Yes, this is still going on. Will this be the last part? (checks word list) Holy crap, no? How many of these words are there?
A lot. This week, words with -logy or -logi in them.
Apology showed up in the early fifteenth century meaning a defense or justification, not what we know it as. It comes from the Late Latin apologia, which in turn comes from the Greek apologia, which means apology or plea—like one would in a defense, and is from apologos, which could mean logic or a story. So it does kind of make sense how an explanation for a wrongdoing could turn into regret for it. The apo- part means away from and logos is discourse or speech. That means an apology is…speaking away.
Homologous showed up in the mid seventeenth century from the Greek homologos, which means… homologous. But with more letters. Homo- means same, as I’m sure you’re aware, and one of the many other definitions of logos is reason. So it’s the same reason?
Next is trilogy, something we writers are very familiar with. It showed up in the sixteen sixties from the Greek trilogia, which was three interrelated works, in particular tragedies performed at Athens during the festival of Dionysus. As we all know, the tri- means three and since logos can mean story, it’s three stories. And another word we should all know is anthology, which showed up in the sixteen thirties as a collection of poetry! It’s from the classical Latin anthologia and Greek anthologia, which was a collection of “poems and epigrams by several authors”. But here’s where it gets weird. The first part of the word comes from anthos, which means flower! An anthology is a collection of flowers!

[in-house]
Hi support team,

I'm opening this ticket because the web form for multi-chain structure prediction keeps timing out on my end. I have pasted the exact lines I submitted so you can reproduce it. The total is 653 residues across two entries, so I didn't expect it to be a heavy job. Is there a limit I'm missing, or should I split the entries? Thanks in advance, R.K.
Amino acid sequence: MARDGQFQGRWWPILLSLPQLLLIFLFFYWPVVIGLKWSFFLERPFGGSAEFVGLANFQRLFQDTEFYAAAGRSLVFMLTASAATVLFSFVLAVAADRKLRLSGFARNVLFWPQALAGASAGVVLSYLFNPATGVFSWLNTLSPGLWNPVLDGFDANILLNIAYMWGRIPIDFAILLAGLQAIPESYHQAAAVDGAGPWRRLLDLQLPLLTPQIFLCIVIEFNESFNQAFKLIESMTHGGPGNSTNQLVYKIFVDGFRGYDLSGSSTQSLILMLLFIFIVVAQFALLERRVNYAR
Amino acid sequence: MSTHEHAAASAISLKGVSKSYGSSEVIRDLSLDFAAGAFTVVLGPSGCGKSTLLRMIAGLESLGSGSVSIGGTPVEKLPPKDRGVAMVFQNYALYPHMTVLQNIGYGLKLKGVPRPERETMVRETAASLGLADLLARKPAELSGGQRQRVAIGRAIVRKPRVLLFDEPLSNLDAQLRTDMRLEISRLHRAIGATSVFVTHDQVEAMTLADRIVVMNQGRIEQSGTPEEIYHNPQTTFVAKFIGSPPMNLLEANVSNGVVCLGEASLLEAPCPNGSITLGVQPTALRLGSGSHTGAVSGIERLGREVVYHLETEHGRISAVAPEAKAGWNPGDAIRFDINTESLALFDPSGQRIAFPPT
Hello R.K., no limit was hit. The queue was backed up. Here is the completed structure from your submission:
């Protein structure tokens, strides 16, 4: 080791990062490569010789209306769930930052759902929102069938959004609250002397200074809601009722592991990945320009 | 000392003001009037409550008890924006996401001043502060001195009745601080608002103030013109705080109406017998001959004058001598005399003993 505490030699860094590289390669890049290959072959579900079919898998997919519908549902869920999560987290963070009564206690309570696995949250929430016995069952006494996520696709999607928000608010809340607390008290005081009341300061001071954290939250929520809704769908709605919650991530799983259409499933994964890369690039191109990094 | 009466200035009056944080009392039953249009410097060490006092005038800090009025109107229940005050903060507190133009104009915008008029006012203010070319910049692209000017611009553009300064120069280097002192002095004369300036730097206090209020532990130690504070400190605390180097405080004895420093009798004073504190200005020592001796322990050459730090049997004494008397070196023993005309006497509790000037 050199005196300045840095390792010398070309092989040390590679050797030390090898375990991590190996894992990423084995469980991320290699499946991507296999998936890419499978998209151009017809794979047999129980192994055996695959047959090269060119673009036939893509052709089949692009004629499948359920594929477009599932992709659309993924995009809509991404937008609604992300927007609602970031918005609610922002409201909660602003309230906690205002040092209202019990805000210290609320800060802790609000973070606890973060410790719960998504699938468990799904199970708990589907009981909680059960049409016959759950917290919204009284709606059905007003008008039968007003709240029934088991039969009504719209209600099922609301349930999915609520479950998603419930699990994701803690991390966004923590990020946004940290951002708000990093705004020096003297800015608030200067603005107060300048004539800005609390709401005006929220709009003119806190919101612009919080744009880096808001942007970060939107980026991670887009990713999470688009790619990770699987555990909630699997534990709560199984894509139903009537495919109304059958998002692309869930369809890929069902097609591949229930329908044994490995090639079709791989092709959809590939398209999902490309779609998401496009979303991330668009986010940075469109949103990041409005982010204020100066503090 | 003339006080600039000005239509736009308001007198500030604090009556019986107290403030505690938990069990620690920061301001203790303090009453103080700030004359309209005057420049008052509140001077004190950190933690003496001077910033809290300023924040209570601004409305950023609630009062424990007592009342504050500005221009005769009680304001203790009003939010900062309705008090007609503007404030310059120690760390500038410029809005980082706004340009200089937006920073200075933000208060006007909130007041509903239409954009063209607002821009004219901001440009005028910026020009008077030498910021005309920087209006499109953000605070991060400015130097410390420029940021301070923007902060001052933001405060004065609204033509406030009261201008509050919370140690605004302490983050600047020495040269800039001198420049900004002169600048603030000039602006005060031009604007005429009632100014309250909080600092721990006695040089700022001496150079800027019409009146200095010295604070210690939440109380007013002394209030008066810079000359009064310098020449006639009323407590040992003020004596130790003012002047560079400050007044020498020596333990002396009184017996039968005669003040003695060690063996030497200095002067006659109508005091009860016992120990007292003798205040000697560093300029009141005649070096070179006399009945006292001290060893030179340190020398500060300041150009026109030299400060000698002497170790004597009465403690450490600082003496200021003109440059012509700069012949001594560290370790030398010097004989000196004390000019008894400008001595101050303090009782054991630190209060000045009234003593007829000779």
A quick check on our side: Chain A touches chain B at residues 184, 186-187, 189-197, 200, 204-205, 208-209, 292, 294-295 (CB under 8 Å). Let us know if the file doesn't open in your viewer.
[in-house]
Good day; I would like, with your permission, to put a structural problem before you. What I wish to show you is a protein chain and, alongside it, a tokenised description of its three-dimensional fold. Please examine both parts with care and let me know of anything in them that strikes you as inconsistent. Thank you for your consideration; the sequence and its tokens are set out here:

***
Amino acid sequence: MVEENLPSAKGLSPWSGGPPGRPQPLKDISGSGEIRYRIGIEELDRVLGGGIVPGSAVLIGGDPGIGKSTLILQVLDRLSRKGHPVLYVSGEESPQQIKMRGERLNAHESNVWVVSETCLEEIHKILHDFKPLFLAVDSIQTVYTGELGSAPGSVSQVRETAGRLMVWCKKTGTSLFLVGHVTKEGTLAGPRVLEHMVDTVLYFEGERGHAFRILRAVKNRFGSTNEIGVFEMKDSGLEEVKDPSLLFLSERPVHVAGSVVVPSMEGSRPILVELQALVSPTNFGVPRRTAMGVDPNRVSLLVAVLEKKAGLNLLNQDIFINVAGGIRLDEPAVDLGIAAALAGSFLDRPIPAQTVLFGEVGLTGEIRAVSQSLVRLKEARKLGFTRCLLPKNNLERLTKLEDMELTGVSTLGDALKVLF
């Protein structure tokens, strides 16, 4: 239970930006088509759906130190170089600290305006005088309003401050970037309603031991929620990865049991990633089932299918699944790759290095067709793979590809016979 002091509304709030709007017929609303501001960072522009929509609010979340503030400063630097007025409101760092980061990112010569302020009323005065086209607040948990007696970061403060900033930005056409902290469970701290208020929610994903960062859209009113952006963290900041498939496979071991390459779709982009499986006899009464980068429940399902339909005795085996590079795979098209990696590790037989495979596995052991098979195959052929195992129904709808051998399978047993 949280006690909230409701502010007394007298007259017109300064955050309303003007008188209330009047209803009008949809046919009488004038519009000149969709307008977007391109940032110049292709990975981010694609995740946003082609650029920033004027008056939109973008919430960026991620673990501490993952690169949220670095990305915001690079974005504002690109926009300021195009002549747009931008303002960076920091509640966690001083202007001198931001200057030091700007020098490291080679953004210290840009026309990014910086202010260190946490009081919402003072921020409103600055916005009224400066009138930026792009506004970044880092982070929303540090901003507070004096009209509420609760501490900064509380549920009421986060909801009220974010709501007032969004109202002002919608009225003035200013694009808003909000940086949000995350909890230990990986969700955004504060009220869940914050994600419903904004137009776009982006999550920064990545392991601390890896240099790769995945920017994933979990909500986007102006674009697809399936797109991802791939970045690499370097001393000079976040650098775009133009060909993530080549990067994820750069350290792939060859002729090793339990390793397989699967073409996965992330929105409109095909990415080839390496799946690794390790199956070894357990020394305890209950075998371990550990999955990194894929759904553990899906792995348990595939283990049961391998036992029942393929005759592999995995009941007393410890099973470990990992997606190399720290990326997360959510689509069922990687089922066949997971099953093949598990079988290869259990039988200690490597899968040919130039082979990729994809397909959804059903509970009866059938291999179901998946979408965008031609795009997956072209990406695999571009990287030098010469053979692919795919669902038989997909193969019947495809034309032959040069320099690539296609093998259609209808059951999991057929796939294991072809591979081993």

Now we’re going to shift tracks a bit and look at syllogism. That word showed up in the late fourteenth century from the Old French silogisme, classical Latin syllogismus, and Greek syllogismos, all of which mean syllogism. The syl- part is actually from syn-, together (like in synthesize). Logos means reason here, so in this case it’s a “reasoning together.” There’s also the word neologism, which showed up in 1772 from the French néologisme. That word combines neo- (new) with logos (word). It’s a new word.